Voyaging whalers the source of this Australian rock art, study reveals

Text chiseled into boulders more than 150 years ago is the earliest archaeological evidence of a thriving 19th-century American whaling industry found in northwestern Australia.

By John Pickrell
Published 4 Mar 2019, 11:08 GMT
A sailor named J. Leek commemorated the arrival of his American whaling vessel Delta on the ...

A sailor named J. Leek commemorated the arrival of his American whaling vessel Delta on the shores of West Lewis Island, Australia, in 1849.

Photograph by Centre for Rock Art Research + Management CRAR+M database

Homesick sailors on 19th-century American whaling ships commemorated their remarkable circumnavigations of the globe by recording their voyages into rocks on remote islands in northwestern Australia, report archaeologists.

Engravings created by whalemen on two vessels—Connecticut, in 1842, and Delta, in 1849—have been found amid Aboriginal rock art on the Pilbara coast of Western Australia, nearly 1,000 miles north of Perth. The discovery is reported in the journal Antiquity.

The 42 islands of the Dampier Archipelago and the adjacent Burrup Peninsula are one of Australia’s most significant rock art regions, with an estimated one million petroglyphs, or engravings, created over 50,000 years.

The discovery of the Connecticut engraving was made during surveys of indigenous rock art on Rosemary Island by archaeologists at the University of Western Australia and local rangers from the Murujuga Aboriginal Corporation.

The inscription, dated August 18, 1842, notes the vessel sailed from New London, Connecticut, in 1841 and had been at sea for a year. It’s signed by a Jacob Anderson, who was noted in port record upon departure from the U.S. as an 18-year-old African-American, an ethnicity he shared with one in six American whalers by the 1850s.

Following that find, the team was alerted to a similar engraving on West Lewis Island, detailing the voyage of Delta. That was left by “J. Leek”’ and dated July 12, 1849.

A profusion of rock art

The Connecticut inscription is “on an outcrop that’s already heavily decorated,” says archaeologist Alistair Patterson, the paper’s lead author. “Boulder after boulder and rock surface, all with some type of engraving. Human figures, animal figures, geometric designs.”

To reach this location, the whalemen climbed a ridge, perhaps to get a vantage point over the archipelago. “That’s obviously why you seek high land if you’re a whaler,” says Patterson. “You look around you to see if there are any whale groups moving past.”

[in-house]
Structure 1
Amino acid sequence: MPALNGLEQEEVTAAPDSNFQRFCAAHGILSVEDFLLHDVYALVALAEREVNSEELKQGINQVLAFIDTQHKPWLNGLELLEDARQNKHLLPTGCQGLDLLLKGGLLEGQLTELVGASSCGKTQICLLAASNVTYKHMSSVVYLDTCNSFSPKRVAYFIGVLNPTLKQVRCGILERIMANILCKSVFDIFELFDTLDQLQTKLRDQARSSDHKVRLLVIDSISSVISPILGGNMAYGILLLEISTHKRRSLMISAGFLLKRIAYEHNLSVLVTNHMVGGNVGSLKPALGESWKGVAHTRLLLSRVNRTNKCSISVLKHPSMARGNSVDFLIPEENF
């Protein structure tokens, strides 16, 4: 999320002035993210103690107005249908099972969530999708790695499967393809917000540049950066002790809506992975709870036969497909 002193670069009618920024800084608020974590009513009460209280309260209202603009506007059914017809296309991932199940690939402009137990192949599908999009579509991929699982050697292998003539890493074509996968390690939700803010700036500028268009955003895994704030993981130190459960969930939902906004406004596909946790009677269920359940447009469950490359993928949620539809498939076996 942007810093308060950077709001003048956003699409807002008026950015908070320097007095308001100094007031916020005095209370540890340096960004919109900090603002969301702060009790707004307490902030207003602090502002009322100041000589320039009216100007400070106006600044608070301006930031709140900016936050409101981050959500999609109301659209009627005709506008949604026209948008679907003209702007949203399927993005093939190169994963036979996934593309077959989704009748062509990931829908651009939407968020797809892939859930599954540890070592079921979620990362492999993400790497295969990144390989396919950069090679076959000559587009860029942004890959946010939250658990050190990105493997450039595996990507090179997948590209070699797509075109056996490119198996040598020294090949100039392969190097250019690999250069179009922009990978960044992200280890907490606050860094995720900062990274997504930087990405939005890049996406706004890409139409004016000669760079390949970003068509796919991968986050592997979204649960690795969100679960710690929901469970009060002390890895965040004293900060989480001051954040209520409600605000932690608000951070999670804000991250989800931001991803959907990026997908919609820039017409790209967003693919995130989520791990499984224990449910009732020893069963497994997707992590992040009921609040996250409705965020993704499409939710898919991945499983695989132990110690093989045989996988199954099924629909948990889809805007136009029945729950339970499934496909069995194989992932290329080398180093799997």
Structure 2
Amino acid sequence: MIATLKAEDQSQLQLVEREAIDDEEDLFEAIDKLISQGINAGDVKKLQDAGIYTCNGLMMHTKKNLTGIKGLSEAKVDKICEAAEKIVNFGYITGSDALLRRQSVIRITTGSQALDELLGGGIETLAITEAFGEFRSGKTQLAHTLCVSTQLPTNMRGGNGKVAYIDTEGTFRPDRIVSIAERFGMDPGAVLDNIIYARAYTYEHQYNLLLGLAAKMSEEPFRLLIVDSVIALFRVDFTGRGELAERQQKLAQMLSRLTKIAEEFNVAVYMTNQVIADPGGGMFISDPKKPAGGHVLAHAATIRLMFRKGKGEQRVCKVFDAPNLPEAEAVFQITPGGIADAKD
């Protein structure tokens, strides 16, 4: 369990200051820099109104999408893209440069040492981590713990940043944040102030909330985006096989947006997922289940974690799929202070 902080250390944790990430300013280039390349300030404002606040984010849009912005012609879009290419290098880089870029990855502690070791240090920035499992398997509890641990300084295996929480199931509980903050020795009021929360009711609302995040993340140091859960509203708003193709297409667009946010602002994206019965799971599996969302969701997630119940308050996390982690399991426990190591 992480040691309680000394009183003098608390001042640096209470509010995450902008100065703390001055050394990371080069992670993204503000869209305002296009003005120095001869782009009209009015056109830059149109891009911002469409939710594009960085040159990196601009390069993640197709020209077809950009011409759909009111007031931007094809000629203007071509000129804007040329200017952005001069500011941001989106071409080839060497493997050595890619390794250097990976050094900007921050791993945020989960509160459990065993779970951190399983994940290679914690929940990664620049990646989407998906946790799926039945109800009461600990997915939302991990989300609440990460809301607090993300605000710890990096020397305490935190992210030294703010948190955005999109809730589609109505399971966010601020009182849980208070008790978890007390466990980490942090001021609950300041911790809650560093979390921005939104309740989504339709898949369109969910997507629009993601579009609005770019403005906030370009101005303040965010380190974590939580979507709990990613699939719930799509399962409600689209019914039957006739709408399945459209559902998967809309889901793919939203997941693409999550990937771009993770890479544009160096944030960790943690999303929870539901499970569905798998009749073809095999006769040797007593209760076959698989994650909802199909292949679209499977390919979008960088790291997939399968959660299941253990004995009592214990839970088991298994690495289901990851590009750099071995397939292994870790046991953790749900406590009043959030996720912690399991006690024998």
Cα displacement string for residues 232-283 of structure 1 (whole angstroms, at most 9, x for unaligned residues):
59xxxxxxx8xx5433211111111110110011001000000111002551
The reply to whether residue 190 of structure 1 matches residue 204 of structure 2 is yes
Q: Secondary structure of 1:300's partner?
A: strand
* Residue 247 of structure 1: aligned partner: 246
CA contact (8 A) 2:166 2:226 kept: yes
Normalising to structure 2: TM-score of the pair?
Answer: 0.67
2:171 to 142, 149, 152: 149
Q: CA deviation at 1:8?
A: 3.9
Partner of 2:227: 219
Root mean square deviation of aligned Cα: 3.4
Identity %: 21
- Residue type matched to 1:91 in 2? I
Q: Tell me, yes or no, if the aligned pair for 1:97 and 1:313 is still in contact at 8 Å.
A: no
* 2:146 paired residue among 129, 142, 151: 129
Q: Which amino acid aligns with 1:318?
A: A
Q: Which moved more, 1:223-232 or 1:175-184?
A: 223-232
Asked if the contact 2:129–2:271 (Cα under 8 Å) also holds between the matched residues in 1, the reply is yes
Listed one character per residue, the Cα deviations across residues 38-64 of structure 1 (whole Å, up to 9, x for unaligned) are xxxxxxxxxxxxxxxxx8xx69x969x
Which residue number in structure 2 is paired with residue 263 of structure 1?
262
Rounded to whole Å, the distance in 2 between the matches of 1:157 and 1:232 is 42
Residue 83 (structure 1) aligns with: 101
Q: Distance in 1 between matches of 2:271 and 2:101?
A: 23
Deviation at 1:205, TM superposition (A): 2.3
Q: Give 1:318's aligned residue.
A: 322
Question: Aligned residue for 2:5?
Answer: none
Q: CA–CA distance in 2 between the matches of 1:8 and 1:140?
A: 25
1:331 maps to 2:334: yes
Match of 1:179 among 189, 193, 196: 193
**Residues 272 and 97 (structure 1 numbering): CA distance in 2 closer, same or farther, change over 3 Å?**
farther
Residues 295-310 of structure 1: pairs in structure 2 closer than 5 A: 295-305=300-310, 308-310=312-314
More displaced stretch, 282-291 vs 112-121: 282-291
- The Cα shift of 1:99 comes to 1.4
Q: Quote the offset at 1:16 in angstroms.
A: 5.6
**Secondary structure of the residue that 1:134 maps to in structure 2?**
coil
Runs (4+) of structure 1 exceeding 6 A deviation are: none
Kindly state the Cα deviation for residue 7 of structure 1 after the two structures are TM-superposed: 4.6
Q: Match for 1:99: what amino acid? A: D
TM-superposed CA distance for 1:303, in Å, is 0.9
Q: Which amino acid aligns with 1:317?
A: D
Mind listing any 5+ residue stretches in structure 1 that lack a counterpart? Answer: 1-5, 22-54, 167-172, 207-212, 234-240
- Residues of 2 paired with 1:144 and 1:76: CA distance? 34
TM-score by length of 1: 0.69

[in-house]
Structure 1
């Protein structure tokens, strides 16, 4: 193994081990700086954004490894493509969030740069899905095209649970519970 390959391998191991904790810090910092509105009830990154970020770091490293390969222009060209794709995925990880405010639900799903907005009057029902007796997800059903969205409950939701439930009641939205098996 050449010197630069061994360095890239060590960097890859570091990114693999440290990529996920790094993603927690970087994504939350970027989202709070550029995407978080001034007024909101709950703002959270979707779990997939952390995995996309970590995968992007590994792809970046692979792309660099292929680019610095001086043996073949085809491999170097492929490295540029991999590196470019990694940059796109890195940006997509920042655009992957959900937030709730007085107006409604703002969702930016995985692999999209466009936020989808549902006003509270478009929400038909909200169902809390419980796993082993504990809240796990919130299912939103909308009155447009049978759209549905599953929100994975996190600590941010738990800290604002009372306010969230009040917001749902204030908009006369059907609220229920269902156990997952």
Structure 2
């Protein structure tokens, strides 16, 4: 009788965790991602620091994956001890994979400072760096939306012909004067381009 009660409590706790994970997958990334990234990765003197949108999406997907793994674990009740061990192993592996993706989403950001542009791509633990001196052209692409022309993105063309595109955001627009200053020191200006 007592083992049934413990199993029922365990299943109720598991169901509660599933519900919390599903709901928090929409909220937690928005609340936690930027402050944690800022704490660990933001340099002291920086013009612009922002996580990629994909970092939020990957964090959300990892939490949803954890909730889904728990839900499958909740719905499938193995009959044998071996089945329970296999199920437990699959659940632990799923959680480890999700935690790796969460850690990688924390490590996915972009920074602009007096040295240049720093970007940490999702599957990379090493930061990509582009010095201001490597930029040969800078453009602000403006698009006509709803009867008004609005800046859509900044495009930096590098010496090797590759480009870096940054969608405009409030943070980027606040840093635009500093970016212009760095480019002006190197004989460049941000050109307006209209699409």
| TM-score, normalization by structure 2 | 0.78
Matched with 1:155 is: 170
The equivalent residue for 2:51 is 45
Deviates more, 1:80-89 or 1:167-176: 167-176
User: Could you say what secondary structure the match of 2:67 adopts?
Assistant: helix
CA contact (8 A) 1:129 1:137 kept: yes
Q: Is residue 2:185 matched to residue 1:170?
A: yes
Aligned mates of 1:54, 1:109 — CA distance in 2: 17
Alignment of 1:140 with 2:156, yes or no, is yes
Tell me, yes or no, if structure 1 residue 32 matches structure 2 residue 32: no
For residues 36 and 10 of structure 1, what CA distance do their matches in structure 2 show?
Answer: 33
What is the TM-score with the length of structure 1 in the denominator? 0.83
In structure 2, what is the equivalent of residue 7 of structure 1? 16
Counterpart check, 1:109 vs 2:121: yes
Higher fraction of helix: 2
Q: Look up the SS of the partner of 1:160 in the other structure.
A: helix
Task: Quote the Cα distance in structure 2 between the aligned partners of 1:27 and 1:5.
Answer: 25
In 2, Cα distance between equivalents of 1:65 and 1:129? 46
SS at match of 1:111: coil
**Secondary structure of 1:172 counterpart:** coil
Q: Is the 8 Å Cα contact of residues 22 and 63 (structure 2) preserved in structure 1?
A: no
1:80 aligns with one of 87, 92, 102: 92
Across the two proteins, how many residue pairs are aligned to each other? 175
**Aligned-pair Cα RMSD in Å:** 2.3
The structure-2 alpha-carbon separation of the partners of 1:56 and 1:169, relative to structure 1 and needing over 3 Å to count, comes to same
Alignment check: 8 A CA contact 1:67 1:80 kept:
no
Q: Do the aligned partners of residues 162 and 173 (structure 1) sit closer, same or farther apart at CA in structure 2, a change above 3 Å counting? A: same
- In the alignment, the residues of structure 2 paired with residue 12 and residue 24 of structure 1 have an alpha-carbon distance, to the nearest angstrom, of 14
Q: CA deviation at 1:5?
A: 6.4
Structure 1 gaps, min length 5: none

Aside from watching for whales, whalers came ashore to replenish water supplies and fuel for fires to boil down whale oil on board, as well as hunt animals such as kangaroos.

Though it may sound surprising that American vessels from the East Coast were in remote Australian waters, this was common practice by the time, notes Michael Dyer, curator of maritime history at the New Bedford Whaling Museum in Massachusetts, who was not one of the study authors.

“It was the peak of the national industry with over 700 vessels from 34 ports, numbering tens of thousands of crew members,” he says.

“The streets of civilized cities in America and Europe were lit by oil and there was an incredible demand for whale products,” adds Patterson. “It was extremely profitable.”

Circumnavigating the globe

Records show that Delta, from Greenport, New York, made 18 whaling voyages between 1832 and 1856. Its logbook, now at the New Bedford museum, shows it was off the Pilbara coast from June to September of 1849.

No logbook remains for Connecticut, but port records show it had 26 crew members and arrived back in New London in June 1843 with 1,800 barrels of whale oil.

Circumnavigating the world was not uncommon as whale populations depleted and ships had to travel further afield to follow the animals’ migration paths. “They would come home the second the boats were full. If they were lucky, they’d be back within a year, if they were unlucky it might be three years,” says Patterson.

During the 1840s numerous vessels might be in the Dampier Archipelago simultaneously, as they were then targeting this important point along the humpback migration route. “Whalers arrived in late June and stayed through July recording great numbers of humpbacks,” says Dyer.

First contact between cultures

Although there is no specific mention in any of the ships’ logbooks of encounters with Aboriginal people in the Dampier Archipelago, the whalemen’s inscriptions are significant, as “they are an indication of cultural contact at a time when very little colonial development had occurred in that part of Australia,” says Jason Raup, a maritime archaeologist at East Carolina University in Greenville, North Carolina.

It’s “fantastic” to have found inscriptions from around the time of first contact with the islands’ Yaburara people, agrees Peter Jeffries, a local elder and CEO of the Murujuga Aboriginal Corporation. He says a number of Aboriginal petroglyphs across the region may depict first contact. These include possible depictions of ships with sails and a sailor with a hat that has “pointy ends,” which was typical for naval dress of that period.

Unfortunately, colonization would be catastrophic for the Yaburara. Two decades after the inscription left by Delta whalemen in 1849, the so-called Flying Foam Massacre saw mainland colonists murder up to 60 Yaburara. The survivors left the islands, never to return.

“The American whalers, however, preceded this more permanent European expansion into the area, recording a brief moment when Indigenous people and visiting whalers shared territory without obvious major conflict,” the authors of the Antiquity paper observe.

Follow John Pickrell on Twitter.

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